• The Norwegian National Research Ethics Committees (n.d.) are independent agencies for questions regarding research ethics and investigation of misconduct, within all subject areas. All the committees provide ethical guidelines on research ethics within the different subject areas.

    The Regional Committees for Medical and Health Research Ethics (REK) must give prior approval for medical and health research projects and general research biobanks. REK may also grant exemption from the duty of confidentiality for health information used for non-medical research.

    For other subjects (science, technology, social sciences, law, humanities and research on human remains) there are advisory bodies (NENT, NESH and The National Committee for Research Ethics on Human Remains) for research ethics in its subject areas which provide advice and recommendations for specific projects submitted to the committees. Obtaining advice prior to a research project is not mandatory, but researchers are encouraged to contact the committee if the project is considered to present challenges in terms of research ethics.

    Also, it is important to note that when processing personal data in a research project, the Norwegian Data Protection Act states that you must either notify the Norwegian Data Protection Authority or the institution’s own Data Protection Official (for most Norwegian research institutions this is NSD (n.d.a.)). However, this practice will change somewhat when the GDPR (European Union, 2016a) comes into force.

  • In the UK, some form of ethical review is required for most research involving human participants, personal (sensitive) data or controversial methodologies (e.g., covert research). Funders, universities, journals, or other bodies may make these requirements. The major funder of social research in the UK, the ESRC, requires reviews to be completed prior to the start of research (but not when submitting a proposal) (ESRC, 2017a). On their website guidance is offered (ESRC, 2017a).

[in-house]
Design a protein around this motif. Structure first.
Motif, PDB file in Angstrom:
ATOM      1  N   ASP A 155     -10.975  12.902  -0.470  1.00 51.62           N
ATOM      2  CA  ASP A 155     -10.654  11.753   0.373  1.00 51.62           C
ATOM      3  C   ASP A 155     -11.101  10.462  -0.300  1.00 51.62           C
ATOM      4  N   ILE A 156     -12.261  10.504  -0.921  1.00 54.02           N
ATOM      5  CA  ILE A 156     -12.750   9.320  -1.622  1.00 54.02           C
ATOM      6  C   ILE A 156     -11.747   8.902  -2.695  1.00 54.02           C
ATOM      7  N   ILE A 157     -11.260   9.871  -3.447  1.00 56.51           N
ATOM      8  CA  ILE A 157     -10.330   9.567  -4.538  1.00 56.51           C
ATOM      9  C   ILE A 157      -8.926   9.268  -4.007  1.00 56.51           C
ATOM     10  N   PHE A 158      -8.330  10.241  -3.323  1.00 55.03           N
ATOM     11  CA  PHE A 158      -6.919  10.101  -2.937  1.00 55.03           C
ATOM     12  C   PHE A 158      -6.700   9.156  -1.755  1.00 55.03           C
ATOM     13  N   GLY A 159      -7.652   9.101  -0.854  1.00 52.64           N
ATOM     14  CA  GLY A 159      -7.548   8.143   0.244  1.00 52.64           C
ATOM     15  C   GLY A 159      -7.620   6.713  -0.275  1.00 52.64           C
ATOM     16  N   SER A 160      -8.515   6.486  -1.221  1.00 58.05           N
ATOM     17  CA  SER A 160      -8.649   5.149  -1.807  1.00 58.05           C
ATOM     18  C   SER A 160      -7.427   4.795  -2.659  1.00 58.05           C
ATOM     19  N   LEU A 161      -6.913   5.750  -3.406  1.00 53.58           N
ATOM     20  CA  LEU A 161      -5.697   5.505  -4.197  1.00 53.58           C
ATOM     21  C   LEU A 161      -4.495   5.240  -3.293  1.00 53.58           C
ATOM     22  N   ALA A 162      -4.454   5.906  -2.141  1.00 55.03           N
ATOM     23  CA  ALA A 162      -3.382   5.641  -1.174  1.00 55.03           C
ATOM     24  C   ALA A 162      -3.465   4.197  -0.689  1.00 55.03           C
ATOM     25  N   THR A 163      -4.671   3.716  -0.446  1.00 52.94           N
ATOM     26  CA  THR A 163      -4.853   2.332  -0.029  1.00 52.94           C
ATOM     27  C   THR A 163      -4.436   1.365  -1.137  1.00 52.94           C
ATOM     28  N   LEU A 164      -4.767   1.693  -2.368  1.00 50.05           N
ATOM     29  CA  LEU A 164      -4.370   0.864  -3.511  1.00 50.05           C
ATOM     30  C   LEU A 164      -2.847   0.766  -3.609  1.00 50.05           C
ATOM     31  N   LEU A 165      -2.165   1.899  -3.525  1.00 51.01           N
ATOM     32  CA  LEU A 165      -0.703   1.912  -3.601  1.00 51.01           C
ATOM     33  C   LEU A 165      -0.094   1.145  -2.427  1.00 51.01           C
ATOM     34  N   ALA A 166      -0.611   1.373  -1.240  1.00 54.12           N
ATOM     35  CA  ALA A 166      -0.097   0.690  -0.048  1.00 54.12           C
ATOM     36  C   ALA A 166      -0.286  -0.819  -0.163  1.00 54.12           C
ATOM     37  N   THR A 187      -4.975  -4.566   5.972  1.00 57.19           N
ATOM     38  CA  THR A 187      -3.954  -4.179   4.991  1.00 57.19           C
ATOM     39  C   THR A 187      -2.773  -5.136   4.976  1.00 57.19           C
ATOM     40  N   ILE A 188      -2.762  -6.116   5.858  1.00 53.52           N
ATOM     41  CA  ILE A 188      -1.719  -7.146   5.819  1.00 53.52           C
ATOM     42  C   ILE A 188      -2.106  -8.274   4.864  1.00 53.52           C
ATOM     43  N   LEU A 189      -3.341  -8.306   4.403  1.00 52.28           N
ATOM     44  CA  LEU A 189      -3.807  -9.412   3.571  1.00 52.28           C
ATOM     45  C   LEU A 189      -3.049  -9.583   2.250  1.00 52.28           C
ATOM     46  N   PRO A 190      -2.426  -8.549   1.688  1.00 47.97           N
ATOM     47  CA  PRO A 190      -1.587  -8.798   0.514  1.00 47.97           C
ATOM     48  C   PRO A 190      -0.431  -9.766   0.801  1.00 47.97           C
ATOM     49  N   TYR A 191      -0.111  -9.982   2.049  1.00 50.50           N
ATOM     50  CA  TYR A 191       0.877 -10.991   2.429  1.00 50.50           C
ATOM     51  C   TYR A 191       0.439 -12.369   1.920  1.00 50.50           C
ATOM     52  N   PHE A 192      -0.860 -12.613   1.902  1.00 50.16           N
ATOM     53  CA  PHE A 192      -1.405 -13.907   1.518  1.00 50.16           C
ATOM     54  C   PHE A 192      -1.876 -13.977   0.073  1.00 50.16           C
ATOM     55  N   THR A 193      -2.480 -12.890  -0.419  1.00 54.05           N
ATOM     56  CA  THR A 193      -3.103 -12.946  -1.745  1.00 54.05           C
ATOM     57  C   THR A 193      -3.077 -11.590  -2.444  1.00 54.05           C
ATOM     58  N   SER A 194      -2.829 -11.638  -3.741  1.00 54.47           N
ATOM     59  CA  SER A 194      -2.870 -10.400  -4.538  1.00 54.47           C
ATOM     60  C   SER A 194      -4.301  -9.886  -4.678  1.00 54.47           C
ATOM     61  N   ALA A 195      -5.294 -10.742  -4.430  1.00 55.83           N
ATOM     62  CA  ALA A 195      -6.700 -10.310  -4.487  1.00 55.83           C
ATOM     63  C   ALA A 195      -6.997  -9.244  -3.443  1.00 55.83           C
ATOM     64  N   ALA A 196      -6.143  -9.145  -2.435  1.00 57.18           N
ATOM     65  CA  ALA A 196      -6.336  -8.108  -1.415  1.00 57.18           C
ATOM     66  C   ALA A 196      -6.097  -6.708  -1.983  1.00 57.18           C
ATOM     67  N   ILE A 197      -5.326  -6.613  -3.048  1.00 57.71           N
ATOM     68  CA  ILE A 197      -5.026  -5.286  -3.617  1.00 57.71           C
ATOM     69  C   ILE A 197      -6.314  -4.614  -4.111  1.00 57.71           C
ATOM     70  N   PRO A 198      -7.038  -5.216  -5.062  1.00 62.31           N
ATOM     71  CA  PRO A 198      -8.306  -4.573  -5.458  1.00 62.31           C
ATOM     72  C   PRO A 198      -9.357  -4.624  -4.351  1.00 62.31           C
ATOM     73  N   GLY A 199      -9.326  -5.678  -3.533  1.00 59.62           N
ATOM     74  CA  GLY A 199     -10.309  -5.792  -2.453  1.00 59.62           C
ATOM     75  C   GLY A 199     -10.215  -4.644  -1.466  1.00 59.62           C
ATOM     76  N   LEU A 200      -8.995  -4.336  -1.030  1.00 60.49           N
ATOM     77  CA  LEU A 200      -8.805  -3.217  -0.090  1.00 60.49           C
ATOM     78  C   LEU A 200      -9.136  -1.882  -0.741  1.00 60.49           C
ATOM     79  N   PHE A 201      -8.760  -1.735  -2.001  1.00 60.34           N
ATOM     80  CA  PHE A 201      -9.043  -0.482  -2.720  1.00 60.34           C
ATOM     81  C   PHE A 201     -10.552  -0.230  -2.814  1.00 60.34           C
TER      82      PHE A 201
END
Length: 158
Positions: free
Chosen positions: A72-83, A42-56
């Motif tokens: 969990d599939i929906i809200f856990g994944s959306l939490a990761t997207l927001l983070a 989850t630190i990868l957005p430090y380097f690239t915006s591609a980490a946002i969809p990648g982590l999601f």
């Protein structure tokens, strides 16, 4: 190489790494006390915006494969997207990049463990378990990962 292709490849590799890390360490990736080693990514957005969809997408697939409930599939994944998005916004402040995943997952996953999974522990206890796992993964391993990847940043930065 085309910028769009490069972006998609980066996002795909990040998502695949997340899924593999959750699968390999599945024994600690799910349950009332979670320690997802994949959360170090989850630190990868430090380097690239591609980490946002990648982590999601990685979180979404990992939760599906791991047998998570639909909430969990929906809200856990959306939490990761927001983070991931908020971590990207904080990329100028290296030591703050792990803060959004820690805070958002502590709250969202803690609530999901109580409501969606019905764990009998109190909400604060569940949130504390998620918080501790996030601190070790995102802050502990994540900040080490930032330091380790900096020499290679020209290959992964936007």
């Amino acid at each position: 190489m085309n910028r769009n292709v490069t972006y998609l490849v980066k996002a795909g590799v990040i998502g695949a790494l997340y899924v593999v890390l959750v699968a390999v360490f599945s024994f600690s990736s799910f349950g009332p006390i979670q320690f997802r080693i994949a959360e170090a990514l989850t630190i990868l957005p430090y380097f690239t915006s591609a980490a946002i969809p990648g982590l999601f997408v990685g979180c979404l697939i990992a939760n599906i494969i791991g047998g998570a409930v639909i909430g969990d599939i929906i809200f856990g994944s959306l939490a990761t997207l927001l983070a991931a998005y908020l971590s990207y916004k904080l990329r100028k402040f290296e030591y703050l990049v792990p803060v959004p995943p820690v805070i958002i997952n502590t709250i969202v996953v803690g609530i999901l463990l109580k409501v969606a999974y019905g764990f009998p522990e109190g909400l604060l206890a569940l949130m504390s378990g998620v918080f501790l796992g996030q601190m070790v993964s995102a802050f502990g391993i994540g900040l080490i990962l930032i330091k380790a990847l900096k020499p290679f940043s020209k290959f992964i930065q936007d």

Most institutions offer a graduated review system of review, ranging from a self-assessment checklist to a light-touch review for most student and low-risk projects, to comprehensive review at the institutional level. This flowchart (Economic and Social Research Council, n.d.). helps in deciding what type of ethical review your project needs. Furthermore, the case studies (ESRC, 2017b) may help may help you in gaining a picture of the ethical dilemma's which may arise during your own research project.

Expert tips

TIP 1. Educate your REC

ExpertTip400px

RECs may be informed and supportive of efforts to share data. However, there is great variation, and some oppose data sharing, fearing (mistakenly) that sharing data violates participants’ confidentiality. As a researcher, you may need to ensure that your REC is fully informed on these subjects. At a minimum, REC members should know that:

  • Many research funders and journals expect or require data publication (i.e., data to be made available in an archive or repository);
  • Consent forms should allow for participants to opt in or opt out of data sharing, whilst also protecting their confidentiality (see 'Informed consent');
  • Data protection laws only apply to personal data, but they do not apply to anonymised data;
  • Identifiable information may be exempt from data sharing;
  • A combination of gaining consent, anonymising data and controlling access to data can enable the ethical and legal sharing of data; even sensitive data can be shared if suitable procedures and precautions are taken, as is done at major data repositories.

Tip 2. Finding RECs

Find the REC at your own institution or have a look at The European Network of Research Ethics Committees - EURECis (EUREC, n.d.) - which brings together already existing national Research Ethics Committees (RECs) associations, networks or comparable initiatives on the European level.